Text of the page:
Wrapped up with these important questions is our understanding of who the Living God truly is, and what it means for us to love this God, and to love all of our neighbours as well. And I can think of no better place to seek to understand these things than in the pages of Holy Scripture: which is where we encounter the story of God’s dealings with Hagar and Ishmael… Sarah’s Egyptian slave, and Abraham’s firstborn son born to Hagar… both of whom were cast away and forsaken by none other than God’s chosen couple.
Before we dig into the story though, there’s something that needs to be said: Just because God chose to bring His blessing through Abraham and Sarah does not mean that everything they do is in line with God and His holy ways!
Sometimes we assume that the characters we read about in the Bible are all supposed to be spiritual heroes and models of proper morality. But that’s not the case at all! Most often, the characters God interacts with in Scripture are the prime examples of people who get things completely wrong… those who go completely off course… and yet, time and again, the Living God continues to work with these messed up people in order to bring new life out of the destruction we humans have created.
In short, the Bible, is not about people who do what is right… it’s about how God keeps bringing His blessings out of our wreckage. Turning even our worst failures and faults into fertile ground for His new life to grow.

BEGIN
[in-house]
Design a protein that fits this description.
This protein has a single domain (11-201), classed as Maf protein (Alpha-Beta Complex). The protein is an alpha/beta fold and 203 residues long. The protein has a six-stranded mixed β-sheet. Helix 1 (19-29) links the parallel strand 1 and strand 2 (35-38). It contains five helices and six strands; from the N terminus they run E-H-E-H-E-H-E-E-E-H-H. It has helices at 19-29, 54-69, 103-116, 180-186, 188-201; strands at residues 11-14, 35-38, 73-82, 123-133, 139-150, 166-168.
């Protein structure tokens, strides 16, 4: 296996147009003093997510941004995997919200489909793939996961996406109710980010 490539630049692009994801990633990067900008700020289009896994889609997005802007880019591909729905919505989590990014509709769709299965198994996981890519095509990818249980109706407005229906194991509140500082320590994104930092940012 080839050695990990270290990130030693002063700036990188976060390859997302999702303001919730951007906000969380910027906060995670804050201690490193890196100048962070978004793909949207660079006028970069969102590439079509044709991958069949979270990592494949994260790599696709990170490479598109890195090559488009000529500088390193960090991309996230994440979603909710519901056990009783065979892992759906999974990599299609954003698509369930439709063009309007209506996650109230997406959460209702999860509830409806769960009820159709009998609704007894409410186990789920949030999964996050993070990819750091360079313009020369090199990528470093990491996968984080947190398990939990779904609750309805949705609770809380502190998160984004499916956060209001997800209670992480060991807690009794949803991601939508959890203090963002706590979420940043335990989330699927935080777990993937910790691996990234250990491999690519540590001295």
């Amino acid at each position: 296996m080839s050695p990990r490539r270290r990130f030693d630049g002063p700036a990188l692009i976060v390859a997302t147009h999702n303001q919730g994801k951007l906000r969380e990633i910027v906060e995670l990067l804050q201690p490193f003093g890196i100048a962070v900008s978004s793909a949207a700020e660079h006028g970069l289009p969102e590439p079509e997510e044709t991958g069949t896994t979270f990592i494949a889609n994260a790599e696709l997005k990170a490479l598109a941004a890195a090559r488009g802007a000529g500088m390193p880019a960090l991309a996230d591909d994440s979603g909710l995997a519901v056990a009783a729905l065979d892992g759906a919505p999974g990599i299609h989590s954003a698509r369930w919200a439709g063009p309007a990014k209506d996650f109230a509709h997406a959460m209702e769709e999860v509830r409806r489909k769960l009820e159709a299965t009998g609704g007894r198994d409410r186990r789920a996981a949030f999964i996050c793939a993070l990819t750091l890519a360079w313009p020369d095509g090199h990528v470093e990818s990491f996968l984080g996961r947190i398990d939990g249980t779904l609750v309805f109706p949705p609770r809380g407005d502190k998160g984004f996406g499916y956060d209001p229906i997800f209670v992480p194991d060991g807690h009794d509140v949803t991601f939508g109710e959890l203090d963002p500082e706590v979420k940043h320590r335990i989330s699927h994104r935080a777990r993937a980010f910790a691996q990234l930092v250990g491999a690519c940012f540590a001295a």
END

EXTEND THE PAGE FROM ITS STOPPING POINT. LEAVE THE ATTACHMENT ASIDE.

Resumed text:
Now this is not the same thing as saying that God caused these evils in the first place. Or that God wanted them to happen… that God makes people do horrible things so that something better might come about.
Some Christians teach these kinds of things. But I can’t. And I believe that to do so takes the story of our Saviour… of who the Living God has always shown Himself to be, and drags it right through the mud, completely missing the point of who God is, and what He is up to in our world.
So, let’s look a bit closer at the story of Hagar and Ishmael, a story that finds it’s beginning in the lack of faith of Abraham and Sarah… and see what it has to shows us about the kind of heart God has for the oppressed, and what that means for Christians like you and I today.
Back in Genesis Chapter 12, God had promised to Abraham that, despite his old age and the fact that Abraham and Sarah his wife had not been able to have children, that he would become the father of nations, and that through his descendants, God’s great blessing would flow into the world. God’s gracious gift of this miracle was to leave no doubt in anyone’s mind that it was the LORD’s own hand at work bringing His healing touch to our broken world.